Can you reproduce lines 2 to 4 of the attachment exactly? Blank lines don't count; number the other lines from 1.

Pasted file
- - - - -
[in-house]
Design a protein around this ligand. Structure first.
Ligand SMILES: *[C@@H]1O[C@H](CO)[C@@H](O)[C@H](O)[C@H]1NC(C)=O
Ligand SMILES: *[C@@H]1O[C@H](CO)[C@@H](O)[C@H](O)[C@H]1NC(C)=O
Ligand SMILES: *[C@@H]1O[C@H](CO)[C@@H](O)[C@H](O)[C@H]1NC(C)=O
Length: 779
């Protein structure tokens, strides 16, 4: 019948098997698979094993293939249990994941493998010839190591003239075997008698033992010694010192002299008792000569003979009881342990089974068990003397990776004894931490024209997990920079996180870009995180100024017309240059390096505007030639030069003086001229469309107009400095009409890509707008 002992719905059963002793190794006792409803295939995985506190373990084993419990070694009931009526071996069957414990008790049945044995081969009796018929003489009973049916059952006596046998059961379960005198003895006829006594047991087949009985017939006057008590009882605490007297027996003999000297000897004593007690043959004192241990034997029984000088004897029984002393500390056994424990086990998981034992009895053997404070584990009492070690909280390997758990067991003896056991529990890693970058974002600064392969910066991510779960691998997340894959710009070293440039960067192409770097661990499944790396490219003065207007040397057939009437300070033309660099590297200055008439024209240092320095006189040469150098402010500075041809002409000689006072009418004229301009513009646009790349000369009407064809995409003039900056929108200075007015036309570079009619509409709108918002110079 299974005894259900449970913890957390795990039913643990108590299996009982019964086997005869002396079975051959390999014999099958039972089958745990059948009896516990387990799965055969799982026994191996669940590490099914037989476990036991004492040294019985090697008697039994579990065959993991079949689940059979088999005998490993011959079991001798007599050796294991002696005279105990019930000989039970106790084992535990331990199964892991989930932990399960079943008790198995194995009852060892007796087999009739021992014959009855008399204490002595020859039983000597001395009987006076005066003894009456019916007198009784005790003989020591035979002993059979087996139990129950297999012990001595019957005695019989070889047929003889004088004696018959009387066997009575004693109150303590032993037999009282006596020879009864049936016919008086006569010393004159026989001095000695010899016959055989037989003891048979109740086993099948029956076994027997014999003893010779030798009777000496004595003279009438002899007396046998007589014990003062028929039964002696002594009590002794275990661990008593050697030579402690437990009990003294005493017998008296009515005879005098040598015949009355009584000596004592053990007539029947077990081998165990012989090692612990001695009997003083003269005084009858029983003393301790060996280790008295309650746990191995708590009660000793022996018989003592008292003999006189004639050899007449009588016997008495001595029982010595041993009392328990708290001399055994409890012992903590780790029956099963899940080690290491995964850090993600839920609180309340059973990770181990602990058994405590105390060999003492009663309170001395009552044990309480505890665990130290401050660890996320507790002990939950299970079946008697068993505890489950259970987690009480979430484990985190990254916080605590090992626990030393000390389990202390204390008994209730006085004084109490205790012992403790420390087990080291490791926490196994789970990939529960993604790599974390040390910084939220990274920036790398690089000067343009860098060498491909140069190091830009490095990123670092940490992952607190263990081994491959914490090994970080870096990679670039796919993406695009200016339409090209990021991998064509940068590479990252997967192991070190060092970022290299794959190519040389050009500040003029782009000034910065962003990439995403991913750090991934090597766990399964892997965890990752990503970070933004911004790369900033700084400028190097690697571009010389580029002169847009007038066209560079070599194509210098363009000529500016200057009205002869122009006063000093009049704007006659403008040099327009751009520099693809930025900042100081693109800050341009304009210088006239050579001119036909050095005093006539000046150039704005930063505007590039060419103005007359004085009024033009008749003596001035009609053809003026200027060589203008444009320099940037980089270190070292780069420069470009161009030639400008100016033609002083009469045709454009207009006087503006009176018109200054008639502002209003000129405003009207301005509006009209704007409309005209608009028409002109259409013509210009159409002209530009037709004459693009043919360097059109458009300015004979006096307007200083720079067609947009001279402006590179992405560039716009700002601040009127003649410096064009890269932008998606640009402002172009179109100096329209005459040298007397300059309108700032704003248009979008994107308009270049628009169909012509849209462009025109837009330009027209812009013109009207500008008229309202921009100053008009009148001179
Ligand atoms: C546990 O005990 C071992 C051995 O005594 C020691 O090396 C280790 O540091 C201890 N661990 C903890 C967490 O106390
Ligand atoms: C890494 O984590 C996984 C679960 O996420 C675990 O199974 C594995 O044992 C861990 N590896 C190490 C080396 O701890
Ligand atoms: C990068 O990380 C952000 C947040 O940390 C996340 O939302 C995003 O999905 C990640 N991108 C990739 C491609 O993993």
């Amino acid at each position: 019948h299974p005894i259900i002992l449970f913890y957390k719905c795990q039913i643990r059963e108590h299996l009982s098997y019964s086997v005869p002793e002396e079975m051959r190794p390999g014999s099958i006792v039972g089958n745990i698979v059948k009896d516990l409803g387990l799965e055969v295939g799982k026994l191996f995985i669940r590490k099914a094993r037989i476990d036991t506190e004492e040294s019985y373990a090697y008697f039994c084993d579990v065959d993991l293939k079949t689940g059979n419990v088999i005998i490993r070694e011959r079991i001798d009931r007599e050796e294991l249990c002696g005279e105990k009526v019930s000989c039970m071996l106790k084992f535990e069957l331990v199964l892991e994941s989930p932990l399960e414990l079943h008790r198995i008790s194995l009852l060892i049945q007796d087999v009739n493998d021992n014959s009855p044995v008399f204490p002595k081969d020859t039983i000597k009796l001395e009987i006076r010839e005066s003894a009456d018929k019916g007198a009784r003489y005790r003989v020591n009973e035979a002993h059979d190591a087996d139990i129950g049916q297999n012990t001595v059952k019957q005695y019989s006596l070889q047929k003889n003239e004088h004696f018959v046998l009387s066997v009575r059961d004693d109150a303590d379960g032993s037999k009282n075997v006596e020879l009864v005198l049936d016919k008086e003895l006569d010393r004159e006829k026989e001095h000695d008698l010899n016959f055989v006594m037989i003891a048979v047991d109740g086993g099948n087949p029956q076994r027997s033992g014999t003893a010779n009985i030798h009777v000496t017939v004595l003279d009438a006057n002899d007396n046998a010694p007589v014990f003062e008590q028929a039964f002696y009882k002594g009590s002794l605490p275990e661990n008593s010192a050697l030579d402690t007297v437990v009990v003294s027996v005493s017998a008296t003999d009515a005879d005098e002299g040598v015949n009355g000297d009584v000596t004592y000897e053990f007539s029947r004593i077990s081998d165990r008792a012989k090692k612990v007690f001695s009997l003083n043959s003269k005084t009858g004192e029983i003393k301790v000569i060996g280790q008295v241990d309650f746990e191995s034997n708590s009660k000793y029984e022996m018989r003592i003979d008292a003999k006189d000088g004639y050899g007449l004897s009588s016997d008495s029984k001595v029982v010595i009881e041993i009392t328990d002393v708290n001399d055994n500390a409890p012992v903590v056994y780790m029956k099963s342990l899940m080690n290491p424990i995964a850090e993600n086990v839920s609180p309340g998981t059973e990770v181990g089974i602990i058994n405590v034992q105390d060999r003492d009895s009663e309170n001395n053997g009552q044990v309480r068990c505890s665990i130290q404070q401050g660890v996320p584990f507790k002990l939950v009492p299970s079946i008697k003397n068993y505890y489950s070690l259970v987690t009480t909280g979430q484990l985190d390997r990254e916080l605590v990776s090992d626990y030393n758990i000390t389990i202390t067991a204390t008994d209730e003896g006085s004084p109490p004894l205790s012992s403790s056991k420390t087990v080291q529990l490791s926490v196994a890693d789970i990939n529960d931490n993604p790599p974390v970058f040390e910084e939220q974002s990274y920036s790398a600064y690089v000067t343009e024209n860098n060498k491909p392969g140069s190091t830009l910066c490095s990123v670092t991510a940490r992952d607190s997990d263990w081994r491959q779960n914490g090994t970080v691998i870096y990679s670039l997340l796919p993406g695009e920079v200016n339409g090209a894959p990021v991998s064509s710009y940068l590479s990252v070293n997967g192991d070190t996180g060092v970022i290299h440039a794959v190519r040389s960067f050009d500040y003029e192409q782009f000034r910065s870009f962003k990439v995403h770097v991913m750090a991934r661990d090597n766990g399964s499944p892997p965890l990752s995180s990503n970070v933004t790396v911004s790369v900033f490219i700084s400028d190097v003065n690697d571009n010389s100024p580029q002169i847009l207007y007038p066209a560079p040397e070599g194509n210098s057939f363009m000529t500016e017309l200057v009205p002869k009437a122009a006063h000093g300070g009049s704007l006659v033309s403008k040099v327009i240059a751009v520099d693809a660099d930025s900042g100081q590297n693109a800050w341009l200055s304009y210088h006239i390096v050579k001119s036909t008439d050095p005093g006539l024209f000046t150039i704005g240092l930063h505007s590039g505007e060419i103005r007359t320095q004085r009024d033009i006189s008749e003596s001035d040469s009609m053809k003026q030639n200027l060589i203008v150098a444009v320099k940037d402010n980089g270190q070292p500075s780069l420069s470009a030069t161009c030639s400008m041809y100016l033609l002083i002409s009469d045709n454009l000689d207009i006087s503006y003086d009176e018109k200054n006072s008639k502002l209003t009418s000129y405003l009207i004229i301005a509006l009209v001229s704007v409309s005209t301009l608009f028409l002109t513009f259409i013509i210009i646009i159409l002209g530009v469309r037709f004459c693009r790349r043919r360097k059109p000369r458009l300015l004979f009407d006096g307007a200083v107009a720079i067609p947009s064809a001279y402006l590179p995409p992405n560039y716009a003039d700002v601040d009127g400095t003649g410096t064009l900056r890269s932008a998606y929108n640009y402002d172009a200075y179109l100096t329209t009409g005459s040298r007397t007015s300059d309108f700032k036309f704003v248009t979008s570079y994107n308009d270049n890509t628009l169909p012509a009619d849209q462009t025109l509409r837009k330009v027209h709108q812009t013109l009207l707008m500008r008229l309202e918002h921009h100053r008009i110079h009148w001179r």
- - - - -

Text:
Design a protein around this ligand. Structure first.
Ligand SMILES: *[C@@H]1O[C@H](CO)[C@@H](O)[C@H](O)[C@H]1NC(C)=O
Ligand SMILES: *[C@@H]1O[C@H](CO)[C@@H](O)[C@H](O)[C@H]1NC(C)=O